New solar-powered borehole helps prevent spread of famine

Instead of trekking for dirty water and risking cattle-raid attacks, students and families in Loyapat, Kenya, now safely access clean water, and can even grow food and plant trees.

Photos and story Lucy Murunga. Edited by Rachael Boyer.
Published November 18, 2011 at 12:00am PST

Students braved the hot, rough terrain on bare feet as they took a treacherous journey to collect water.

For most, this was the closest thing to a meal, dirty as it was. It kept them alive in Kenya’s dry Turkana region, which has long struggled with severe drought.

For the children of Loyapat Primary School, their journey down the river was a dangerous gamble. According to the United Nations, merciless cattle raiders in Turkana killed 111 people just in 2010.

“We feared that we may get killed, and our parents feared that, too,” explains Abigail, a fifth-grade student.

“But the water was very critical to keeping us alive. Every time we embarked on a journey to the river, there was a wave of fear that came over us, and we would pray to God that they spare our lives.”

They only had their teachers to protect them, who were armed with guns to deter the raiders. They escorted their pupils to the river to collect water to quench their thirst and even take a bath, which was also a coping mechanism to cool their overheated bodies. All the while, their teachers kept a watchful vigil.

A water breakthrough

A herd boy quenches his thirst at a water borehole that was constructed by World Vision in July 2011.Finally, in August of this year, they found relief, thanks to a new World Vision water project. For the first time in their life, the residents of Loyapat had clean, safe water right at the heart of their village.

“We have journeyed from very far, [and] just recently we did not have this water facility and I watched the children struggle to get water,” explains Steve Omelo, senior teacher at the school. “It pained my heart that the children could not access a basic commodity like water.”

Steve recalls recent circumstances. “The children drank the dirty water from the river even though it posed a health risk. It was the only water source available,” he says.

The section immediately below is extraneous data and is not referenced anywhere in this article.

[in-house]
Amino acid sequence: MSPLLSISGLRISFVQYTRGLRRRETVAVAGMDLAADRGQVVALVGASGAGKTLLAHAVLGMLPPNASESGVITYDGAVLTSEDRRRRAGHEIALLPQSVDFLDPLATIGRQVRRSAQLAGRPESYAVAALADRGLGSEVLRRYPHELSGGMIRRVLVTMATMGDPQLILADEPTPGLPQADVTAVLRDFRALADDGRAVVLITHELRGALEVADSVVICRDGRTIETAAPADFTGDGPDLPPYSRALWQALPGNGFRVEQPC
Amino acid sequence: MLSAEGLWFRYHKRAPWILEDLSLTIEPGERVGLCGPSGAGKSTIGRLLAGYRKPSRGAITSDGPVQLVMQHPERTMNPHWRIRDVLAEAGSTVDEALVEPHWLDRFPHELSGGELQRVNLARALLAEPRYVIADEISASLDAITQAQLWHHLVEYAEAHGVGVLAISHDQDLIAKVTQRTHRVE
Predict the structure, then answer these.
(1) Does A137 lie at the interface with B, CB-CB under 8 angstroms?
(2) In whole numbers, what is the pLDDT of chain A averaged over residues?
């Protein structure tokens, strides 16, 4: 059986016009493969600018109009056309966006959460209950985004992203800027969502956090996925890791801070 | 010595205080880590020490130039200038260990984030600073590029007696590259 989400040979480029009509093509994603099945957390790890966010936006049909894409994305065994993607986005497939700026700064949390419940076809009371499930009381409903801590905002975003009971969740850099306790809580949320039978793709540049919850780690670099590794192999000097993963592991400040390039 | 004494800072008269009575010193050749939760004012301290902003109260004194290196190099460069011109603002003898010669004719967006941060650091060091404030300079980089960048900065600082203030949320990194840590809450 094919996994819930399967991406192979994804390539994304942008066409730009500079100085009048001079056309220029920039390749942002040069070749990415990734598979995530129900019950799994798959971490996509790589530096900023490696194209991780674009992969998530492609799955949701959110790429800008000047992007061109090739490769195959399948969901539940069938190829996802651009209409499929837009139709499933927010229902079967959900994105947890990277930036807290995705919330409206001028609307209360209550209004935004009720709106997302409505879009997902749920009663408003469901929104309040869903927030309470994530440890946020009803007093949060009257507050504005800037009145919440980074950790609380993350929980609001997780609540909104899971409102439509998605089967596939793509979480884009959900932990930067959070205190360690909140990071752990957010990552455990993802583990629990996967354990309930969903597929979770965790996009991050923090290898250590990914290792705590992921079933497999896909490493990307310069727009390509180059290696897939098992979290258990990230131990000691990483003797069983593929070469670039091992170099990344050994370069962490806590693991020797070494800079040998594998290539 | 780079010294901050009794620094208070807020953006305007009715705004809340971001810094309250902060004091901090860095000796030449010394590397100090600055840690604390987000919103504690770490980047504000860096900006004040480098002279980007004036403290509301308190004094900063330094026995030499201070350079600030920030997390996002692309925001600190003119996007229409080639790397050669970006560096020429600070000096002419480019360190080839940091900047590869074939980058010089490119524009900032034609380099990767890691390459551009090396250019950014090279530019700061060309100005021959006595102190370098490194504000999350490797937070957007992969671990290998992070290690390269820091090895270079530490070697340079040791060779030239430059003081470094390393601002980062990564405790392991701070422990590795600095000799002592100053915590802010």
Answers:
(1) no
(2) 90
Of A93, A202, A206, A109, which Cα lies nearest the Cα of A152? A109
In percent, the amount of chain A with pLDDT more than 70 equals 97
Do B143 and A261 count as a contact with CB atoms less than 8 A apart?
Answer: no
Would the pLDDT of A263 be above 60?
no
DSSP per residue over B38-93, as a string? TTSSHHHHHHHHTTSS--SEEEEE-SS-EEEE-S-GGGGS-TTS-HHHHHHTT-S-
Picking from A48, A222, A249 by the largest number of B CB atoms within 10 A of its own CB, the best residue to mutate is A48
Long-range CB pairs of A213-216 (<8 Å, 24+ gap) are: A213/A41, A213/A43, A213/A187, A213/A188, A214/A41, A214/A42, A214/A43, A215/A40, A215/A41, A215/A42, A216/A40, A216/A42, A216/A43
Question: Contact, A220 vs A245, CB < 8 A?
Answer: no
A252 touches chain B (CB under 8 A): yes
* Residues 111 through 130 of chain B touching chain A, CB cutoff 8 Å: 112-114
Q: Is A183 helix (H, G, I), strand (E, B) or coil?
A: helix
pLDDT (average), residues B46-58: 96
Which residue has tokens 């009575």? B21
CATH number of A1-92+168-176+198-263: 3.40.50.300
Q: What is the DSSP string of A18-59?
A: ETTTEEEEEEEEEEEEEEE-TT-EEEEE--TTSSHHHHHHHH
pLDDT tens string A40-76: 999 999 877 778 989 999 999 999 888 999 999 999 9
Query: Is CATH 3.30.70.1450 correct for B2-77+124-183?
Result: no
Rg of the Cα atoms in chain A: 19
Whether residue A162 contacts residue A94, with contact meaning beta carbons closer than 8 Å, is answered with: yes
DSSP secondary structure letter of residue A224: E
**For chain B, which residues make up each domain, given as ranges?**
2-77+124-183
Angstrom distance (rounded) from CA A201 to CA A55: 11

“I just cannot express how relieved I am to see clean water flowing, and the children can easily and safely access it. The water has saved the children a lot of time, as now more time is used to study,” he adds.

We’re not done yet

The solar-powered water borehole project uses a pumping system to transport water to the villages through a pipeline system to an elevated water tank. The water is then gravity-fed to the water kiosk located right at the heart of the village.

According to Duncan Kandie, World Vision’s water, sanitation, and hygiene (WASH) officer, bringing the water into the village center means reduced incidences of attacks. But it’s not just students who are benefiting from the project.

“As soon as we connect the water pipelines to two more villages, then the list of the people accessing clean water will continue to grow,” says Duncan. “Currently, 3,500 families, one school, and a dispensary are benefiting from the borehole.”

The trickle-down effect

These students in Kenya's drought-stricken Turkana region enjoy safe access to clean water, thanks to a World Vision borehole.For 35-year-old Alice Lokamar, a mother of 10, the water borehole will enable her to concentrate on other tasks, like preparing meals for her family — something she had no time to do previously.

“I used [to spend] more than five hours looking for water, but now the water is just a minute away from my house,” Alice says. “I can now invest more time in tending my kitchen garden.”

With water now within reach, the school recently began planning a new project to increase the number of trees in the area.

“We hope the tree project will transform this school and its environment,” Steve says. In the future, those trees will give shade and help guard against drought.

Ways you can help

World Vision thanks everyone who has offered support in responding to the drought, food crisis, and famine in the Horn of Africa. Donations and prayers are both greatly appreciated. You can also help by sharing information about this humanitarian emergency with your friends on Facebook, Twitter, or your blog.

Please pray specifically for aid organizations like World Vision to reach those who are suffering most — particularly in presently inaccessible areas of Somalia, where famine has been declared in multiple regions. Pray also for rain to come to this parched region of Africa, and for relief to be delivered to families who are struggling just to survive.

Make a one-time gift to our Horn of Africa Food Crisis Fund. Your donation will multiply five times to help provide emergency food, healthcare, and other critical assistance to this suffering part of the world. Also, consider donating to our Clean Water Fund to help bring safe water to villages like Loyapat.

Speak out. Urge our legislators to prioritize the needs of those suffering from hunger and disease.